The weather is fantastic these days (if you are into sugaring) and the sugarbush is looking its best. We are NOT good photographers but I think these pictures give you a sense of the beauty around us.
Every 3 or 4 months it is judgment day at the farm. You work hard to give your animals the best life they can have and you pay more attention to their diet than your own toddler's just to make sure the final product is the highest quality. Of course you spend your free time reading everything and anything in Italian, English and Spanish ever published on animal nutrition, just to ensure you are doing everything humanely possible to make your animals happy and the pork something worth the feast of a king, because this is the only way to celebrate their lives.
Then, the X day comes ... time to load them up, drop them in Clark's hands (the guy that slaughters them). You will see them on the other side. This is where a butcher, a farmer/butcher, and another human being differ -
Normal people at this point are thinking "oh how sad, it is hard, it will be horrible, how can you handle it?"
The butcher thinks "ok, it is time to get into action, I gotta get into the zone"
The butcher-farmer thinks "oh boy, this is the time I will know whether I wasted my past 14 months."
So the butchering day arrives, and every single drop of sweat you produced over the taking care of the animals, every cold bucket of water your dropped on you head in the sub-zero degree, everything ... is there in front of your eyes, and it is time to see if it was worth it. You spend 30 to 60 min to prepare the cutting room to make the process fast (which never is!!!) and then .. time to bring the first half in. You place your hands on each key part of the carcass, examining the fat quality, the amount of back and internal fat, the color and the size of the muscles, and for these first 10 minutes all you can hear is silence - people around you are silent because they may not know much about color and consistency of the fat, but they know enough that the verdict developed in these few seconds will dictate how miserable their day will be: Is this going to be a day with happy music, people dancing and throwing knives up in the air and other people tossing piece of meat and slap them into vacuum sealed bags? Or is there going to be silence and the occasional "No, not that knife, pass me the other?"
The feeling of cutting into the first carcass and seeing what you were hoping for, seeing a beautiful tenderloin, a great ham, an impeccable Boston butt.. is priceless .. when you get there you nod to your self - you did well. At this point you meet your fellow butchers in their zone - dissect, identify, organize - quick. But even at that time, every once in a while, you stop and admire the piece of art in front of you.
You think of that pig (often I can identify which exact pig that was), of the last time you said goodbye. You think of the extra carrot you gave him and wonder if that made a difference. You step back, look at what is in front of you and nod to yourself - yes it was worth it. The day is intense - barely enough time to pee - you do not even realize you need to pee. You just go go go , cut cut cut, and before you know 4:30pm arrives and at that point everything is done. Over. You gotta close. Everything left unopened on the table is not inspected - not for sale - wasted. So run run run.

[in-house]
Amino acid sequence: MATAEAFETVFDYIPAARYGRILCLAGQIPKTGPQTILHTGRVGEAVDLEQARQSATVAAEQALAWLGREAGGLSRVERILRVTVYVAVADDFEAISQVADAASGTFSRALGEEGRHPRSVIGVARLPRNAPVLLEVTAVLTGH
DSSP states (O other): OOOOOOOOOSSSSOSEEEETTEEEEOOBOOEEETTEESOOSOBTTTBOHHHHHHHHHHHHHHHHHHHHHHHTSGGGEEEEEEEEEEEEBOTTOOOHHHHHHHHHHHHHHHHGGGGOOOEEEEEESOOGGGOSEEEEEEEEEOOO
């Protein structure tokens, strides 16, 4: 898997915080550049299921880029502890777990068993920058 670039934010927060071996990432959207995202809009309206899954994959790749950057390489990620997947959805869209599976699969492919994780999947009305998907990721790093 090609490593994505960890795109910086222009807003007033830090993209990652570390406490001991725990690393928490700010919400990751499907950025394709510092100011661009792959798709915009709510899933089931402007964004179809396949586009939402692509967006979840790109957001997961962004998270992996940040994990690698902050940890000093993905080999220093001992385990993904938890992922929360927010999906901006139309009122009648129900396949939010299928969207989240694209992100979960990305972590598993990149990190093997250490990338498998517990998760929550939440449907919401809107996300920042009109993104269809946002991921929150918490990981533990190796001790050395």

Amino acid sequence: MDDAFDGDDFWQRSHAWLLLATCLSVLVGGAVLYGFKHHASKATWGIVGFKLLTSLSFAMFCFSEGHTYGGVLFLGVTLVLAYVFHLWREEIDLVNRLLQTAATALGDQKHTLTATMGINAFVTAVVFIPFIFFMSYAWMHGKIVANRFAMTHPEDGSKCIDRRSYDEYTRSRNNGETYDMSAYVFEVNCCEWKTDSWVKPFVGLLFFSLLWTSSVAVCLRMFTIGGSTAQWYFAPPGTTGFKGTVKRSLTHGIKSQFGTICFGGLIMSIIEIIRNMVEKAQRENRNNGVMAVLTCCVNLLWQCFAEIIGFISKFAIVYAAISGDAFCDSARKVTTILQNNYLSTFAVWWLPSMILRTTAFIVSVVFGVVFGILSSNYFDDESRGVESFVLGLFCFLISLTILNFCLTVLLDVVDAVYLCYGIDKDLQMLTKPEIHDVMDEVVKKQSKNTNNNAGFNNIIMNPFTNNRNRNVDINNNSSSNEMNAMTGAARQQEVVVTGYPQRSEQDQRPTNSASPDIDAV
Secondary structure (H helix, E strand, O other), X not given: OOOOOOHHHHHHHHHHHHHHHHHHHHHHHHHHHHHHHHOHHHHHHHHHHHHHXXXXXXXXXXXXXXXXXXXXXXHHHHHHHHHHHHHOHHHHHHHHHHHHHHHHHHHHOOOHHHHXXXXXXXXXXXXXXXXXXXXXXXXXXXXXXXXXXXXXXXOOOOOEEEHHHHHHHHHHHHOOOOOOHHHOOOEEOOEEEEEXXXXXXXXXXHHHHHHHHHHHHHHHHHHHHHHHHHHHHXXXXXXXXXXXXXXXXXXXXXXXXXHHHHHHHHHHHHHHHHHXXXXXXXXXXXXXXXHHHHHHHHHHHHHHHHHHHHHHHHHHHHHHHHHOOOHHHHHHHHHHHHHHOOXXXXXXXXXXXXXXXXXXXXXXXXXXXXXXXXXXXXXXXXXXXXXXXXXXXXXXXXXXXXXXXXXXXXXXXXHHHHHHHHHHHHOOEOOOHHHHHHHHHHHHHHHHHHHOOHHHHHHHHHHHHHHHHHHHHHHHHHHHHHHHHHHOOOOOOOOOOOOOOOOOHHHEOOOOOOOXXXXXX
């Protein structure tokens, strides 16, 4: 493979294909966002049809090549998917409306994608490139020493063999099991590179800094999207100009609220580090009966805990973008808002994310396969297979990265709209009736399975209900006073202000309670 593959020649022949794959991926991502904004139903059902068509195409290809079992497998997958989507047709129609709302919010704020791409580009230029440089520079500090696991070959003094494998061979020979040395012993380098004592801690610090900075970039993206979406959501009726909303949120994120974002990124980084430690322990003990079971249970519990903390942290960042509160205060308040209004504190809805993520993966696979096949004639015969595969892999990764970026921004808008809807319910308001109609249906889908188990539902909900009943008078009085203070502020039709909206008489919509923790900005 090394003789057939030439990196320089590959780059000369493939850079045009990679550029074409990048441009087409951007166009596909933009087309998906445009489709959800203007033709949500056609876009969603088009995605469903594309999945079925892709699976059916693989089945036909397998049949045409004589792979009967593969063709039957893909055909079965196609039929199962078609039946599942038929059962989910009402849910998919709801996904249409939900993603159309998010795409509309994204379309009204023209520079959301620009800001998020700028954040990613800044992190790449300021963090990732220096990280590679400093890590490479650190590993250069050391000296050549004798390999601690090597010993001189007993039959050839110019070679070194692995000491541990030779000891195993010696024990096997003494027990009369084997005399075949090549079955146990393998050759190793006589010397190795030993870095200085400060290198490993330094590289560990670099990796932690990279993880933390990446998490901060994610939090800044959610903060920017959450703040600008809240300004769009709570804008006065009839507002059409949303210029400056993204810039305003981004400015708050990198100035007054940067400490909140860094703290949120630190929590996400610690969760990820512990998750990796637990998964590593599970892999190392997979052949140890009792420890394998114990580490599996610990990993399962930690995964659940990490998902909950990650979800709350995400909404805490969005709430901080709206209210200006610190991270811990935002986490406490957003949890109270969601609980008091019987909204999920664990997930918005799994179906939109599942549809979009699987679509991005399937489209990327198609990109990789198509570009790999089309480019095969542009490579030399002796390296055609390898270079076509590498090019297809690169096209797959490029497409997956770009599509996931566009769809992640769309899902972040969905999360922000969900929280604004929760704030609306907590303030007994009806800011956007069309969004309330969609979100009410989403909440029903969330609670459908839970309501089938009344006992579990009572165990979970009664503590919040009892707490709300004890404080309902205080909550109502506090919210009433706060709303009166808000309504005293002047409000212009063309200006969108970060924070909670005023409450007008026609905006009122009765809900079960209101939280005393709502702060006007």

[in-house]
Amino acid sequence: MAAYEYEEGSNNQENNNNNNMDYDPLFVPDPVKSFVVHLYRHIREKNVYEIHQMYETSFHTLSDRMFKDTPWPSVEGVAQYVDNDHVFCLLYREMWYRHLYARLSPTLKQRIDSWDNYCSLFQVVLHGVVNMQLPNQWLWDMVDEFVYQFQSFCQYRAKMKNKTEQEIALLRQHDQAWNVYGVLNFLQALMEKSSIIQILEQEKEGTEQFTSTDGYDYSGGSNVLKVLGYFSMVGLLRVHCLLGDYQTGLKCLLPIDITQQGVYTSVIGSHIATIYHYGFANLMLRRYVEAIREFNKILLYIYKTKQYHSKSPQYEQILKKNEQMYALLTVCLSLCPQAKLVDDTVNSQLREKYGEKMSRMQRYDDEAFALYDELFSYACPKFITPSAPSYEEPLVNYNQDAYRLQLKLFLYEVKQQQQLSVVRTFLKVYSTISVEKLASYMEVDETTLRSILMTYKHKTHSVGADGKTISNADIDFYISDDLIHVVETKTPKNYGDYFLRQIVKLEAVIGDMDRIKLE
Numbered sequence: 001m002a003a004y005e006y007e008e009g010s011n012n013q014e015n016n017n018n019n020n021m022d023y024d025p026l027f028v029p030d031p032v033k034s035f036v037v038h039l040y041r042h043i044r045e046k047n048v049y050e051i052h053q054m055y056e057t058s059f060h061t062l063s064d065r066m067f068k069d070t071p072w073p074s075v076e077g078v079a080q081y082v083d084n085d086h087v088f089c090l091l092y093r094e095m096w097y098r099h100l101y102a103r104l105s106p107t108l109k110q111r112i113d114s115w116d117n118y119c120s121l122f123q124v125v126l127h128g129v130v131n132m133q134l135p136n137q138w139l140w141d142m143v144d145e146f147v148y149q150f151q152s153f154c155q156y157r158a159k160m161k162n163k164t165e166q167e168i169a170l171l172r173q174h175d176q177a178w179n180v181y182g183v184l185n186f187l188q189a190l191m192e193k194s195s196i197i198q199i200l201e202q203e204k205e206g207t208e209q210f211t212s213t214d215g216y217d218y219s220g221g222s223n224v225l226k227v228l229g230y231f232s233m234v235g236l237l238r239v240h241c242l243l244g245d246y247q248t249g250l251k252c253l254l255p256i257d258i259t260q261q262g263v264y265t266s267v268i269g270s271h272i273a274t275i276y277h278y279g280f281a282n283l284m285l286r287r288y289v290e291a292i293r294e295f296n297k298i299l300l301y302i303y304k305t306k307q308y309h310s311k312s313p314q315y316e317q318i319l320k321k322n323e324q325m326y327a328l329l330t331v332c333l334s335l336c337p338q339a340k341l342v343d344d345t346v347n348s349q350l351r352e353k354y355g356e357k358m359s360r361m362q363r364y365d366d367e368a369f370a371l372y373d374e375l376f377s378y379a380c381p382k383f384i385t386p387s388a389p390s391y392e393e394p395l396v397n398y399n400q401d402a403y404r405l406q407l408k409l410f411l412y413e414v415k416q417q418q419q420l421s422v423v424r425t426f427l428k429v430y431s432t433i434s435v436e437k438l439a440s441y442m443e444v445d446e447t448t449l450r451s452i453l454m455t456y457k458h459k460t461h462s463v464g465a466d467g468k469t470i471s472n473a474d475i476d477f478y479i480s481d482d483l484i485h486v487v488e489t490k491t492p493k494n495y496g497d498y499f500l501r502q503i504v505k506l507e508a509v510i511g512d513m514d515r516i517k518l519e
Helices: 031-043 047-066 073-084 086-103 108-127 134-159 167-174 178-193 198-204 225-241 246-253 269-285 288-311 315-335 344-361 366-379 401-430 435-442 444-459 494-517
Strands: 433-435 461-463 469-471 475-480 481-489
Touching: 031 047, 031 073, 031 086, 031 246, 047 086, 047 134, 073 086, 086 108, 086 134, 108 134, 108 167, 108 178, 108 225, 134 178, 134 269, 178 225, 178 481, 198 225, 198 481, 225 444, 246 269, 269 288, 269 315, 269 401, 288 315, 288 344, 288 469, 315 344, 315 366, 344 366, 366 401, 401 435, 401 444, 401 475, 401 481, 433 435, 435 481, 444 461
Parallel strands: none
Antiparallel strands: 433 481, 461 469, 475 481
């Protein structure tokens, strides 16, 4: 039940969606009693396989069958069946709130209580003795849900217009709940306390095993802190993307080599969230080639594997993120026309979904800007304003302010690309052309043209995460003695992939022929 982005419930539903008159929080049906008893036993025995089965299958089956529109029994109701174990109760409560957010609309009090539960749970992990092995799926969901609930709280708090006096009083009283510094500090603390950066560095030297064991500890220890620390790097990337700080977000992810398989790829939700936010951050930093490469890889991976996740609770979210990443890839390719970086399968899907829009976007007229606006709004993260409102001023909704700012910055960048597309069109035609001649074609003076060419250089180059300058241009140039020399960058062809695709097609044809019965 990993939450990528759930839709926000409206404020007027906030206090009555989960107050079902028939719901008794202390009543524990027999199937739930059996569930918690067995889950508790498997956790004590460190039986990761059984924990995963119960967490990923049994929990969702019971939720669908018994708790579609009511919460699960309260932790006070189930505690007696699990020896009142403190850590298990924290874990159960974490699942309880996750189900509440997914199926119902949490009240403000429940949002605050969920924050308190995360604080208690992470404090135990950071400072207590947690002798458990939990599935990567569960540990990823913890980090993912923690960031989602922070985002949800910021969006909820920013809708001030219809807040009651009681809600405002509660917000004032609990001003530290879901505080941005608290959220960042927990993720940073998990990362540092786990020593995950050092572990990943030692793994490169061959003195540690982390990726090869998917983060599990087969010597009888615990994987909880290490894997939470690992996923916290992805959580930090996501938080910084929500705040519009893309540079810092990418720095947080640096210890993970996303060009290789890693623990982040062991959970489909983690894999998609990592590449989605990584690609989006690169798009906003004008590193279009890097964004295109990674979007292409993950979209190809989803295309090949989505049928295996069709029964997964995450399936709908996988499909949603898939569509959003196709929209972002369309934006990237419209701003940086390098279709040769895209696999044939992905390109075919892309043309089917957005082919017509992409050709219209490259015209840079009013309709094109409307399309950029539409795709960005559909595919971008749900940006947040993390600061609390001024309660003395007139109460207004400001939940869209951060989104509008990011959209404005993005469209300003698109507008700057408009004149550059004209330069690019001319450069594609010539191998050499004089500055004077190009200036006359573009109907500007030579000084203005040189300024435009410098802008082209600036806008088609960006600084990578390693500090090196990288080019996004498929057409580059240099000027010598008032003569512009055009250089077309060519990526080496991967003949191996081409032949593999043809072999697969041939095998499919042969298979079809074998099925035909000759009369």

6:00 pm arrives and you first become aware of reality around you? You are in the car, half way home with a truck full of cuts. Of beautiful cuts.
Still no time to stop, you contact all your customers, organize orders, and the delivery schedule. The next day arrives, you rush to the barn to see all your animals - you did not see them for almost 24 hrs (to a farmer, not seeing their animals for that long feels like a lifetime). You check everything to make sure you did not miss any important change in their development, and then you begin the deliveries. And that is when it kicks in ... not only all the days that went into the making of this final roast were worth it, but this is the only thing that is worth doing.
You meet the families that will center their meals and their celebrations around what you have worked on. You know you have produced the healthiest meat for this family. You know that your pig had time to dig his nose in the dust, run feeling the air flopping his ears, roll belly up while getting a nice rub, getting into a ear biting fight with his friends and even break through the fences to go visit the field on the other side of the road (which ought to be better than this one!). You know your piggy was fine, you know you cared for him from the time he was born and, most importantly, you know that, that promise you made when you first petted him, that his life would not go wasted, is well respected.
One of my customers mentioned shake-n-bake as a way to cook my pork chops (he was joking), I said I would not be selling him my pork (I was not joking).